CASE NO. 6:18-CV-01579
MAGISTRATE JUDGE HANNA
Presently before the Court is the Motion for Summary Judgment [doc. 23] filed by Lafayette General Medical Center, Inc. ("LGMC"), Dana Smith and Krystina Falcon (collectively referred to as "Defendants"). An objection to the Motion was filed by Plaintiff and the matter is now ripe for decision.
Ms. Rodgers worked for LGMC for thirty-eight years before being terminated from her employment on January 26, 2018. For numerous years leading up to her termination, Ms. Rodgers had been working in the outpatient surgery department. In approximately April of 2017, Dana Smith became the Manager of the outpatient surgery department and Ms. Rodgers' supervisor and remained in that position through the time of Ms. Rodgers' termination. Krystina Falcon also worked in the outpatient surgery department and held the position of clinical team lead during all times relevant to this lawsuit. From March 2017 through September 2017, Ms. Rodgers was written up on three separate occasions. In September 2017, Ms. Smith had what Ms. Rodgers referred to as a "crucial conversation" regarding incomplete charting and unsatisfactory work. According to Ms. Rodgers, the result of that conversation what that "one more write-up, [and Rodgers] may be terminated."
See Deposition of Phyllis Rodgers (attached as Exhibit 1 to Doc. 23), 41:1-4.
Id., 52:25, 53:1-12, 54:1-5, 178:11-16.
Id., 25:23-25, 26:1-25, 27:1-14.
Id., 27:15-25, 28:1-22, 32:4-20, 51:11-25, 52:1-24, 63:14- 21.
Id.,27:15-25, 28:1-22, 63:22-25, 64:1-4, 190:12-25, 191:1- 25, 192:1-23.
Id., 191:11-15; 192:21-23.
On January 17, 2017, Ms. Rodgers called Jason Manafi, the physician assistant for one of LGMC's orthopedic surgeons, Dr. Yerger. In that discussion, Mr. Manafi asked Ms. Rodgers about Dr. Yerger's schedule for the next day. Ms. Rodgers gave Mr. Manafi the incorrect information about the start time for Dr. Yerger's first patient and whether Dr. Yerger would have use of a surgery "flip room." This erroneous information adversely impacted LGMC and its staff as well as Dr. Yerger and his patients. Ms. Smith determined that the consequences of this error were sufficient to terminate Ms. Rodgers' employment.
See Exhibit 1 to Deposition of Phyllis Rodgers, Employee Counseling Form, bearing Bates Stamp LGMC001044; See Exhibit 4 to Deposition of Phyllis Rodgers, corresponding to the Statement of Jason Manafi, bearing Bates Stamp LGMC001048.
See Exhibit 1 to Deposition of Phyllis Rodgers, Employee Counseling Form, bearing Bates Stamp LGMC001044.
Ms. Rodgers responded by filing the present Complaint, which asserts race and age discrimination claims respectively under Title VII and the ADEA, as well as a retaliation claim under Title VII, and a claim under federal law for "prejudice against knowledge." Defendants have filed the present motion arguing that they are entitled to summary judgment on each of the claims asserted by Ms. Rodgers.
See Complaint, Doc. 1, p. 3.
LAW AND ANALYSIS
A. Summary Judgment Standard
"A party may move for summary judgment, identifying each claim or defense-or the part of each claim or defense-on which summary judgment is sought." Fed. R. Civ. P. 56(a). "The court shall grant summary judgment if the movant shows that there is no genuine dispute as to any material fact and the movant is entitled to judgment as a matter of law." Id. "A genuine issue of material fact exists when the evidence is such that a reasonable jury could return a verdict for the non-moving party." Quality Infusion Care, Inc. v. Health Care Service Corp., 628 F.3d 725, 728 (5th Cir. 2010). As summarized by the Fifth Circuit:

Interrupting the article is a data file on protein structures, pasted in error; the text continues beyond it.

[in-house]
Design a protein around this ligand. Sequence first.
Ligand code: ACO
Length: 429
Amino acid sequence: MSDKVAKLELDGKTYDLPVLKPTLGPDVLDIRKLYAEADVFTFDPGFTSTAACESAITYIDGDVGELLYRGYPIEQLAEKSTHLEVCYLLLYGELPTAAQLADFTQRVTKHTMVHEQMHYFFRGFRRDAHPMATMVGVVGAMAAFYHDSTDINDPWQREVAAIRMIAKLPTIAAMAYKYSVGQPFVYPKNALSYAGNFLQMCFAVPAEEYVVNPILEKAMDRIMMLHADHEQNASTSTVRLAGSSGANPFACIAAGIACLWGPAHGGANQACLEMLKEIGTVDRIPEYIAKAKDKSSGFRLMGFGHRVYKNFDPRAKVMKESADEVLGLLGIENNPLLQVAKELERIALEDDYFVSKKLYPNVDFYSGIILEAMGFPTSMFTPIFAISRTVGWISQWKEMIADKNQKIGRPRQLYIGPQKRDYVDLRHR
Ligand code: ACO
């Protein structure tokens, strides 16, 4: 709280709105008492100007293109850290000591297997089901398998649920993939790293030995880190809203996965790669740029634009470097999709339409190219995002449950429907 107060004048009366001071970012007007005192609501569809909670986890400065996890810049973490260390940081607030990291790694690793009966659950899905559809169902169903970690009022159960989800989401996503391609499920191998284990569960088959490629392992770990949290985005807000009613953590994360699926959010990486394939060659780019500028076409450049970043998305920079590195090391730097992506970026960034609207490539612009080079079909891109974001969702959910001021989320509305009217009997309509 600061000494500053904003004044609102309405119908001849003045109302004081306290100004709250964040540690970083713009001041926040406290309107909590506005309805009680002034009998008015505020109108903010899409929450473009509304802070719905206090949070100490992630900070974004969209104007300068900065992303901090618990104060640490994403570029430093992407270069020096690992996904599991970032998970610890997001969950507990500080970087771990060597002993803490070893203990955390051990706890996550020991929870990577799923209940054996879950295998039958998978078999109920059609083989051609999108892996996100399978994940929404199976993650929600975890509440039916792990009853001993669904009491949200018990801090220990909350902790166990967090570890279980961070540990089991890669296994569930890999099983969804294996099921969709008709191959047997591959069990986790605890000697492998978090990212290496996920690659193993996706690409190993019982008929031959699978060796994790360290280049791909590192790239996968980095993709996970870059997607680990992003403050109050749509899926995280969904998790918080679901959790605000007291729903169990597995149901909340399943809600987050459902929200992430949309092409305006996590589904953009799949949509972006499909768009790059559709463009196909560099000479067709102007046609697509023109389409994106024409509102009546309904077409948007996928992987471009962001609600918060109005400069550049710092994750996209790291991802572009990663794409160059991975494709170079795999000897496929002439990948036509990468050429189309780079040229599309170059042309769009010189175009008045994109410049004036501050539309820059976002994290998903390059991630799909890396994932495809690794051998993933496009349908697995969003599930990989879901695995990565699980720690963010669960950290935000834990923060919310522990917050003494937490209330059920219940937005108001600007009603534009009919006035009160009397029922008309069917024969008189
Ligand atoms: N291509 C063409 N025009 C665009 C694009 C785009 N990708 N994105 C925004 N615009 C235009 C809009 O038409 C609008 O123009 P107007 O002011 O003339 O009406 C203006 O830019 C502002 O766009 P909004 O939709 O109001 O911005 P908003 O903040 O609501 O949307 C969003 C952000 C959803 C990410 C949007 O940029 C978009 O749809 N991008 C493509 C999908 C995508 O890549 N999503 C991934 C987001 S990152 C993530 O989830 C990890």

When seeking summary judgment, the movant bears the initial responsibility of demonstrating the absence of an issue of material fact with respect to those issues on which the movant bears the burden of proof at trial. However, where the nonmovant bears the burden of proof at trial, the movant may merely point to an absence of evidence, thus shifting to the non-movant the burden of demonstrating by competent summary judgment proof that there is an issue of material fact warranting trial.Lindsey v. Sears Roebuck and Co., 16 F.3d 616, 618 (5th Cir. 1994) (internal citations omitted).
When reviewing evidence in connection with a motion for summary judgment, "the court must disregard all evidence favorable to the moving party that the jury is not required to believe, and should give credence to the evidence favoring the nonmoving party as well as that evidence supporting the moving party that is uncontradicted and unimpeached." Roberts v. Cardinal Servs., 266 F.3d 368, 373 (5th Cir.2001); see also Feist v. Louisiana, Dept. of Justice, Office of the Atty. Gen., 730 F.3d 450, 452 (5th Cir. 2013) (court must view all facts and evidence in the light most favorable to the non-moving party). "Credibility determinations are not part of the summary judgment analysis." Quorum Health Resources, L.L.C. v. Maverick County Hosp. Dist., 308 F.3d 451, 458 (5th Cir. 2002). Rule 56 "mandates the entry of summary judgment . . . against a party who fails to make a showing sufficient to establish the existence of an element essential to that party's case, and on which that party will bear the burden of proof." Patrick v. Ridge, 394 F.3d 311, 315 (5th Cir. 2004) (alterations in original) (quoting Celotex v. Catrett, 477 U.S. 317, 322 (1986)).
B. Title VII
Title VII of the Civil Rights Act of 1964 makes it "an unlawful employment practice for an employer . . . to discharge any individual . . . because of such individual's race . . . ." 42 U.S.C. § 2000e-2(a). An employer's action will be found unlawful if the employee can demonstrate that race was a "motivating factor" for his or her termination, even if the employer was also motivated by other lawful factors. Vaughn v. Woodforest Bank, 665 F.3d 632, 636 (5th Cir. 2011) (citing 42 U.S.C. § 2000e-2(m)). A plaintiff can prove a claim of unlawful discrimination by either direct or circumstantial evidence. Cases built on the latter, such as this one, are analyzed under the framework set forth in McDonnell Douglas Corp v. Green, 411 U.S. 792 (1973). See e.g. McCoy v. City of Shreveport, 492 F.3d 551, 556 (5th Cir. 2007). The McDonnell Douglas framework requires Plaintiff to first establish a prima facie case of discrimination by showing: (1) she was a member of a protected class; (2) she was qualified for her position; (3) she was discharged or subject to an adverse employment action by her employer; and (4) she was replaced by someone outside her protected class or was treated less favorably than other similarly situated employees outside of the protected group. Id.; Okoye v. University of Texas Houston Health Science Center, 245 F.3d 507, 512 (5th Cir. 2001).